Lawrence’s horticulture and forestry manager, a 34-year veteran of the Parks and Recreation department, is “kind of passionate about trees,” at the least, she said.
A certified arborist since the 1980s, Crystal Miles has helped grow and maintain the urban forest in Lawrence, which has been part of The Arbor Day Foundation’s Tree City USA program for the past 37 years.
Now, Miles and the rest of the horticulture and forestry staff are working to keep that designation by battling an epidemic that will kill all of the city’s ash trees — including the thousands in the public right-of-way — in the next eight to 10 years.
“I call it catastrophic,” Miles said.
This past Tuesday, the Lawrence City Commission unanimously — though reluctantly — approved spending $238,540 this year on treating, removing and replacing ash trees infected with emerald ash borers.
The Kansas Department of Agriculture confirmed in October that the insect, a small beetle that’s been spreading from Michigan since 2002, was present in Douglas County.
The female emerald ash borers are expected to emerge in April and lay their eggs onto ash trees through the summer months. The larvae feed under the bark, making S-shaped channels that stop the flow of nutrients.
“So, basically, the tree dies of starvation,” Miles said. “It can’t get water; it can’t get nutrients.”
Kim Bomberger, with the Kansas Forestry Service, was in Lawrence all last week mentoring the city’s Parks and Rec department on its first step in dealing with the insect: creating an inventory of all of the ash trees.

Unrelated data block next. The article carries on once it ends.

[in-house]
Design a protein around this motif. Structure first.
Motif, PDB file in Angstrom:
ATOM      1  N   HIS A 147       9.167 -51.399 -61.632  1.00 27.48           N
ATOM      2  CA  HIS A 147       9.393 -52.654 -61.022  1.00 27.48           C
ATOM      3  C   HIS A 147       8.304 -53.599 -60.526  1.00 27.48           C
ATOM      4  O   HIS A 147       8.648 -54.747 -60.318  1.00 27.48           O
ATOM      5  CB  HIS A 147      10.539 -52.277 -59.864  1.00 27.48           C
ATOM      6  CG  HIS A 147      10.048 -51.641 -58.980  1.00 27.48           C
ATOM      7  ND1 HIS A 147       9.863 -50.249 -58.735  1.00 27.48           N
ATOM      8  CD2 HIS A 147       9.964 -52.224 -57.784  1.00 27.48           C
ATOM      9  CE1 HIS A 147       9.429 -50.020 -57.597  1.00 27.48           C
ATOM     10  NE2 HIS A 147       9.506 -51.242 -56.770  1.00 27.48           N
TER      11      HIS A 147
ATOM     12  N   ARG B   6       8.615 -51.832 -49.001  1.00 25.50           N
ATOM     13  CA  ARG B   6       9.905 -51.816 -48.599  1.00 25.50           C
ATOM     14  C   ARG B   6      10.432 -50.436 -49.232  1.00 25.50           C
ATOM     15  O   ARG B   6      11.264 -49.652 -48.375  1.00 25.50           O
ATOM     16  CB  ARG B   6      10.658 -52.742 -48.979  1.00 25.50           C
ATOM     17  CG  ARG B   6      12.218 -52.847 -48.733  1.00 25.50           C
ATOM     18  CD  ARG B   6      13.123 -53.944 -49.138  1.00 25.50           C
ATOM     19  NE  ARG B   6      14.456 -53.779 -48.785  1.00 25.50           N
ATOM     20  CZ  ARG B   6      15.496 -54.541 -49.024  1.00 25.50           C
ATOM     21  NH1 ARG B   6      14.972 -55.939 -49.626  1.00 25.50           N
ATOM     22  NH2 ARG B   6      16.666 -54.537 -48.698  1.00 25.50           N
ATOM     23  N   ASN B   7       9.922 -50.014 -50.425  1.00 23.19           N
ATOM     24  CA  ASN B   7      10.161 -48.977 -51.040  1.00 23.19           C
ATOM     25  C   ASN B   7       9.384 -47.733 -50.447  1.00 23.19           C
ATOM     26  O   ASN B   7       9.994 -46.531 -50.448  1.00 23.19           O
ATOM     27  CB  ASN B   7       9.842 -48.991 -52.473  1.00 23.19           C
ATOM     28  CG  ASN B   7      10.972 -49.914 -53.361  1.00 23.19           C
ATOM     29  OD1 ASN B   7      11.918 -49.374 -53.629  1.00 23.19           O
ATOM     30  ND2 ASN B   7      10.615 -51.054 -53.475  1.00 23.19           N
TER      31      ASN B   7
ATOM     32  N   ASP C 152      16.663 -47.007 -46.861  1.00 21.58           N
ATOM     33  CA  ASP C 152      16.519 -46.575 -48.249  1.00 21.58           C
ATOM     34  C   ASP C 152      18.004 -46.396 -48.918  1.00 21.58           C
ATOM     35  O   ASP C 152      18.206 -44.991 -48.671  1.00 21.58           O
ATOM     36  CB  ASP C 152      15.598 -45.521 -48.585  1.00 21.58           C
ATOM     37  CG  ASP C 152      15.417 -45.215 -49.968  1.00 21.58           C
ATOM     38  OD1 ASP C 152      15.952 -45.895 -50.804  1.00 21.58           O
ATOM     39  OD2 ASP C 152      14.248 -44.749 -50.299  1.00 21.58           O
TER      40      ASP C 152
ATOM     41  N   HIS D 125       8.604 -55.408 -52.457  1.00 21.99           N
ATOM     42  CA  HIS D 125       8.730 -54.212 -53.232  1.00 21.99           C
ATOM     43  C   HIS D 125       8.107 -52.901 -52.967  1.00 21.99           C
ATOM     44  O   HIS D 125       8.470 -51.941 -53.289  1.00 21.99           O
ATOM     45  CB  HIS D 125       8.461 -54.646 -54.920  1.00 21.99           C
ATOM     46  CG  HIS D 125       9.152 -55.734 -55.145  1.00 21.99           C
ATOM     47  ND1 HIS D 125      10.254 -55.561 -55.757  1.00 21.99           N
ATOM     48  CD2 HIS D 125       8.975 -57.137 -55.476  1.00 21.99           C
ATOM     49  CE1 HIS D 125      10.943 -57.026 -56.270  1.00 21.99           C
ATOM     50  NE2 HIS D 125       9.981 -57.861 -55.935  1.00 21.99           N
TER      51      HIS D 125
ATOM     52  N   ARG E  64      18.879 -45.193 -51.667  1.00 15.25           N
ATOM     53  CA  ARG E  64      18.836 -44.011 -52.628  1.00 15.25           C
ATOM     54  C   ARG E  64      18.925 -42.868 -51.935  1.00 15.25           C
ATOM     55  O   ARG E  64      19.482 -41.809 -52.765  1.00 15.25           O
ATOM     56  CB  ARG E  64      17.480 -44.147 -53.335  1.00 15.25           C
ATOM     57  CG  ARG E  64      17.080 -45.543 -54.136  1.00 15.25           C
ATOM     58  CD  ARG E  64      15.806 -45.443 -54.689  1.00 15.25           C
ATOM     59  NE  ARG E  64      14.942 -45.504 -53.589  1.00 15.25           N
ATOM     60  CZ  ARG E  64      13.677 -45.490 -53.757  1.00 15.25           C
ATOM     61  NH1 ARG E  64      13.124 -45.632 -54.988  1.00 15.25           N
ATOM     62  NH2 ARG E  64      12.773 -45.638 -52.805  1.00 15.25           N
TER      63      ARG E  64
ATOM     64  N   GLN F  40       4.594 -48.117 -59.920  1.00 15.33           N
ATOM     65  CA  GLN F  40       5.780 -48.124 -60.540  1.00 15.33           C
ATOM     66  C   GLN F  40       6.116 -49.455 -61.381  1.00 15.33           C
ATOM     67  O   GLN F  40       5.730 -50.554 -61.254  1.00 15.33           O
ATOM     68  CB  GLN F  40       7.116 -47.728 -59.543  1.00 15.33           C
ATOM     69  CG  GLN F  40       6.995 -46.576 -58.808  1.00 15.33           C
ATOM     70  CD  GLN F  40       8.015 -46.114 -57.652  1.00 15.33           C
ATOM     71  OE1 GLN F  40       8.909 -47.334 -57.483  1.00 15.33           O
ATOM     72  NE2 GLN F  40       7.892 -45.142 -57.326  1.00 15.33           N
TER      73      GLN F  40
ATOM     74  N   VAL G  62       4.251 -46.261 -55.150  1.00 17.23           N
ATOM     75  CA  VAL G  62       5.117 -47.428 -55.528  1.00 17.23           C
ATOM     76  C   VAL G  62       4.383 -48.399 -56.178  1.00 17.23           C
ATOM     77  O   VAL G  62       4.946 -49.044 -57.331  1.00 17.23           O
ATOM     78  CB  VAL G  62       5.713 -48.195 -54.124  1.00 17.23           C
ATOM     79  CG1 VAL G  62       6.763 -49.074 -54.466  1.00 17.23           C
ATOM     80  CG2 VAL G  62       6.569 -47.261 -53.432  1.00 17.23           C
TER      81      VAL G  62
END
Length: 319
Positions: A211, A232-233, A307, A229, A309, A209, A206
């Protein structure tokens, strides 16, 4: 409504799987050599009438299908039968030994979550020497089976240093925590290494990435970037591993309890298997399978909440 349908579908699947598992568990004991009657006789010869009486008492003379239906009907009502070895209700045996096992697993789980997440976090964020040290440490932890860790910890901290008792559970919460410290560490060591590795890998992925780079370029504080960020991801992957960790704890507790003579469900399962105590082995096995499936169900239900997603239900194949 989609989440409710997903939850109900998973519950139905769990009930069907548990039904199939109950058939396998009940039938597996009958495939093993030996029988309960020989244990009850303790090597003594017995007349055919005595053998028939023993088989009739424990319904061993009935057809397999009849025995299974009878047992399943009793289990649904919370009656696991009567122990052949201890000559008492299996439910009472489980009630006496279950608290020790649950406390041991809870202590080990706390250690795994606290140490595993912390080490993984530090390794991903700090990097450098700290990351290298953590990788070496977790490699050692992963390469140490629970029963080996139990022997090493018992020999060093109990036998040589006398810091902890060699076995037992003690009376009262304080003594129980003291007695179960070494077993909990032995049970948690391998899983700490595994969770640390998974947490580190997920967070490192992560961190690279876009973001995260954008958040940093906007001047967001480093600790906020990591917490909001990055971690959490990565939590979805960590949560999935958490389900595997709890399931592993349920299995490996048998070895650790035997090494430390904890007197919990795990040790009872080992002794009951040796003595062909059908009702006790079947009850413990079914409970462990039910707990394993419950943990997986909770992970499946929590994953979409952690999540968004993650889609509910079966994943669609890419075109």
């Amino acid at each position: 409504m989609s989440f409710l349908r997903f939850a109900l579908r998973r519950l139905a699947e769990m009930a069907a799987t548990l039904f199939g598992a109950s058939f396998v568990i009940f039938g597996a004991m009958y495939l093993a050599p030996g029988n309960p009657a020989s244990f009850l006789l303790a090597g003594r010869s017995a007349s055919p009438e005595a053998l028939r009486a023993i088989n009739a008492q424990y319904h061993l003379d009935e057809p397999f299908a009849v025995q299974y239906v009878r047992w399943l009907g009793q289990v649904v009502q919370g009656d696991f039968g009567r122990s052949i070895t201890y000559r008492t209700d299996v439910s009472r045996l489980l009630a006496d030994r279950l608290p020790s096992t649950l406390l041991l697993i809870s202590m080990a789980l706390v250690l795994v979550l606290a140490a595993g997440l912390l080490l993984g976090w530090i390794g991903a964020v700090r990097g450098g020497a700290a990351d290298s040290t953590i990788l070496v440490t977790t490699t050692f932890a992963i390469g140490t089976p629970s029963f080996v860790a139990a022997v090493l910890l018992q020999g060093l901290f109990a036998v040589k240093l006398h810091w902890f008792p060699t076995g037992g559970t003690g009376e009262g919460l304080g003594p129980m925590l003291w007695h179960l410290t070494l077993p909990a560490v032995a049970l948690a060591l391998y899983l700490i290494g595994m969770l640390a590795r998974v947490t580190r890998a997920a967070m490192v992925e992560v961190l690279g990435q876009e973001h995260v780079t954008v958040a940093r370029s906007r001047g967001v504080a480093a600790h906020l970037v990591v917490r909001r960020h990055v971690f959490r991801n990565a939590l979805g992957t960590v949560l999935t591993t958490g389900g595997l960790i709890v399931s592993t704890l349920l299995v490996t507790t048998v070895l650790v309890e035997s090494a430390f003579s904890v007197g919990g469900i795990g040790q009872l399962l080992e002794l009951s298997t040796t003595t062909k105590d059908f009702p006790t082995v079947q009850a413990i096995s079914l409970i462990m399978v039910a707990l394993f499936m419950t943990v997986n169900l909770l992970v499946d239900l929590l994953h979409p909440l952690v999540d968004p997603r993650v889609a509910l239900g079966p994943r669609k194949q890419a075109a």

So far, estimates show there are approximately 3,200 publicly owned and managed ash trees in Lawrence, but it’s possible there are thousands more.
In a tree inventory in 2014, Kansas University counted 250 ash trees on its campus.
According to the university's management plan for the emerald ash borer infestation, KU identified 20 "iconic," "majestic" trees it wants to treat immediately. Trees will be removed as KU's design and construction management division spots signs of infestation.
Most of the ash trees on campus will be removed and replaced over the next five years.
An annual budget of $43,000 has been proposed. That amount includes the funds to remove 25 trees per year and plant 50.
Over the next eight years, the city’s total cost of treating, removing and replacing those trees will reach higher than $3 million — if city leaders decide every year on the same financing strategy approved Tuesday.
There were questions from commissioners on whether all or any of the money was really needed right away, and whether it was possible to stretch dollars across a longer period of time: instead of an eight-year combat plan, could the city do a 25-year plan, for instance.
Miles, Bomberger and a handful of other Parks and Rec staff told commissioners if they wanted to save any of the trees before they all die simultaneously, they must start treatment this spring.
“The thing I want to encourage us to think about is if we do nothing, they’re all going to die, and we’re going to have to cut them all down,” Assistant Parks and Rec Director Mark Hecker said. “The appearance of the city is going to be very, very, very, very noticeable. If we don’t deal with them quickly, we’ll have a little bit of a public outcry on this.”